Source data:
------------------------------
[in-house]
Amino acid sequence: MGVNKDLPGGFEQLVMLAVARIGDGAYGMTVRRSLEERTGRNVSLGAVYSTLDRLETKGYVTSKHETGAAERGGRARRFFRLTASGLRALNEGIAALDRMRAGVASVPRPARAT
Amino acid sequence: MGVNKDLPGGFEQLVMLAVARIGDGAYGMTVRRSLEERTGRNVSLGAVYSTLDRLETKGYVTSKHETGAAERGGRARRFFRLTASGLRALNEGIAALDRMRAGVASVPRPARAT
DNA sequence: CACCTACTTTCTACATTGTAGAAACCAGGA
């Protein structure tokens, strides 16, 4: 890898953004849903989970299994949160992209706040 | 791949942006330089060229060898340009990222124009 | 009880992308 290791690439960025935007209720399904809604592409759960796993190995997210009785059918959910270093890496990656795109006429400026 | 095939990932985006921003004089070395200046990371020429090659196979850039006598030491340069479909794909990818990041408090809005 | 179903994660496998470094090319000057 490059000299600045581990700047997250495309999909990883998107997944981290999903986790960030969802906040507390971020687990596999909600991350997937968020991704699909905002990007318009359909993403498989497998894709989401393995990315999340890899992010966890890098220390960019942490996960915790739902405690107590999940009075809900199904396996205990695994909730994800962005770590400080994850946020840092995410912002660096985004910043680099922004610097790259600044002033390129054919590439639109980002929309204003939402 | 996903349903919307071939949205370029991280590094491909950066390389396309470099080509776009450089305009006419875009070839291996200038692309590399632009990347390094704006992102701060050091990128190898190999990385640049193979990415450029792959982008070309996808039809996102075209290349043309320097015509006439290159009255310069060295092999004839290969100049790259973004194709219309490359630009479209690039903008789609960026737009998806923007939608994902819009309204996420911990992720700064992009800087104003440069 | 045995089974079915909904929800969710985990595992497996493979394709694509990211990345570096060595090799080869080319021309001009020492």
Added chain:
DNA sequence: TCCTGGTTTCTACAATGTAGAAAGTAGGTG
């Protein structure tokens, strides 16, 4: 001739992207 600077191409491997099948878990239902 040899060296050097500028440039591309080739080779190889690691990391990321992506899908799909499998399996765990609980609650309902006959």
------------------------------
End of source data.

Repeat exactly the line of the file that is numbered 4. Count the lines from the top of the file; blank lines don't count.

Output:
DNA sequence: CACCTACTTTCTACATTGTAGAAACCAGGA